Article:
Kent State University recognizes Rural Scholars Program graduates
The Kent State Columbiana County campuses held a ceremony to recognize 15 members of the Rural Scholars program who are each graduating from their respective high schools this spring.
Each scholar completed six full years of comprehensive, structured, enlightening and often rigorous educational experiences through the Rural Scholars Program at Kent State University.
The graduating scholars include: Amanda Bowling, Southern Local High School; Hannah Boyd, Southern Local High School and the Columbiana County Career and Technical Center; Cat Clarkson, Wellsville High School and CCCTC; Judith Crawford, Crestview High School; Kyleen Culler, Lisbon David Anderson High School and CCCTC; Randy Felton, Lisbon David Anderson High School; Korbin Grim, East Liverpool High School; Elijah Hayes, Wellsville High School; Hannah Hephner, Crestview High School; KJ Kovar, Southern Local High School; Victoria Mayer, Lisbon David Anderson High School; Bryce Oller, Salem High School; Kasinda Schmidt, Southern Local High School and Shale Academy; Juli Spence, Salem High School; and Taylar Thomas, Springfield High School.
The scholars were recognized by Dr. David Dees, dean and chief administrative officer of the Columbiana Campuses. Kent State student mentors presented each scholar with a stole that can be worn at his or her respective high school graduation ceremony.
The keynote speaker was John Biastro, a member of the Rural Scholars advisory board.
Dr. Celeste Oprean, assistant dean at Kent State Salem, and Dr. Susan Rossi, assistant dean at Kent State East Liverpool, presented the scholars with certificates.
The Rural Scholars Program is designed to offer local first-generation college-bound students and their families the knowledge and social support needed to succeed at a university.
The goal is for each student in the program to complete a post-secondary education with credentials necessary to succeed in his or her career. Students are chosen by their schools on the basis of their academic and leadership potential.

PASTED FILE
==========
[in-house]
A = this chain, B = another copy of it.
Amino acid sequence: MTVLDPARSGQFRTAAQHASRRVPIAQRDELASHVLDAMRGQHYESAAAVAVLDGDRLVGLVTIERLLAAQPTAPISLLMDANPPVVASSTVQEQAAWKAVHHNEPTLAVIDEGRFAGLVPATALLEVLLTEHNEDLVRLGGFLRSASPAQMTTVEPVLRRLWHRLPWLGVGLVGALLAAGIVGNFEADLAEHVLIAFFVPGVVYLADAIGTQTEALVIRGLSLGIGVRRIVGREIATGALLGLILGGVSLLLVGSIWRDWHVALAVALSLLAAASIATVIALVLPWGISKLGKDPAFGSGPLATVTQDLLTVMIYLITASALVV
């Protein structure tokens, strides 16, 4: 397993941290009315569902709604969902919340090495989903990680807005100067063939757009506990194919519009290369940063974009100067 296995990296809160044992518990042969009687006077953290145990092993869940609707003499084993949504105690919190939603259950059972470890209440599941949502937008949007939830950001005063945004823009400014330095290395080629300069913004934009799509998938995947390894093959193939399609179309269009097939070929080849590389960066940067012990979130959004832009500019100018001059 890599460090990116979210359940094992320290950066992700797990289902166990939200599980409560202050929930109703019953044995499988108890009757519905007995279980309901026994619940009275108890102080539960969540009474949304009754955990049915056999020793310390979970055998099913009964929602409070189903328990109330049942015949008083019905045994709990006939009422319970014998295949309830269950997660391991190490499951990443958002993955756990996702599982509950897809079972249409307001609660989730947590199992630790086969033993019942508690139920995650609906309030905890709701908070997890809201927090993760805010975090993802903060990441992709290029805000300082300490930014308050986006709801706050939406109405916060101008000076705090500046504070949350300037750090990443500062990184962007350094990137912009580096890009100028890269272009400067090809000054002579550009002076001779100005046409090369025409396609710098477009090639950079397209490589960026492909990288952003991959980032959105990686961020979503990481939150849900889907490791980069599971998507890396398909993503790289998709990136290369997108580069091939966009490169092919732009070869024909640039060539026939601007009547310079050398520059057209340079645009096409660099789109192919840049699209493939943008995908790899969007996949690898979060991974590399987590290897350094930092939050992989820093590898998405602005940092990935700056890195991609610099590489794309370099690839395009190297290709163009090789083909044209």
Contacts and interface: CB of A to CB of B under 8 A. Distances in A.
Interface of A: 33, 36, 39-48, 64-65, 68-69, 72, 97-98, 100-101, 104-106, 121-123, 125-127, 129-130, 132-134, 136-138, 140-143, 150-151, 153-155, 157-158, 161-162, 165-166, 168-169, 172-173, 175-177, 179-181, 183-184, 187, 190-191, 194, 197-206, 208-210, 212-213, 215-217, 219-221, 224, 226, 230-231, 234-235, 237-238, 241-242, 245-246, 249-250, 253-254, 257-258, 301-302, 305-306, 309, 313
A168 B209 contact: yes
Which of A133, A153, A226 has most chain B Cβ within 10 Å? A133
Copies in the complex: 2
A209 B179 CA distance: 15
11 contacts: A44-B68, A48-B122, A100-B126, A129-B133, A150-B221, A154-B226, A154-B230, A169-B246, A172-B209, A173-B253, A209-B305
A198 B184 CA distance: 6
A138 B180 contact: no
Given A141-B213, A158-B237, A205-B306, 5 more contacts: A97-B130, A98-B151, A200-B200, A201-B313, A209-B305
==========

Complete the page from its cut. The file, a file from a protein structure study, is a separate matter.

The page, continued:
The scholars participate in year-round activities that help them better understand the resources and opportunities that are available in nearby communities.
Hands-on workshops and programming help them learn about careers in business, industry, manufacturing, healthcare, agriculture and technology, while other sessions provide intensive lessons in environmental sciences, health and physical science, leadership, communication and study skills.
Kent State Salem and East Liverpool students serve as mentors to the younger scholars. Each mentor is a first-generation college student from Columbiana County with a strong record of academic success and a desire to serve the community.
Currently, there are more than 100 rural scholars in the program from grades seven through 12. Participating schools include Crestview Local, East Liverpool City Schools, Leetonia Exempted Village, Lisbon Village Exempted, Salem City Schools, Southern Local Schools, United Local Schools and Wellsville Local Schools.
The program also includes Kent State students who serve as mentors to the rural scholars. Each is also a first-generation college student from Columbiana County with a strong record of academic success and a desire to serve the community.
— Submitted material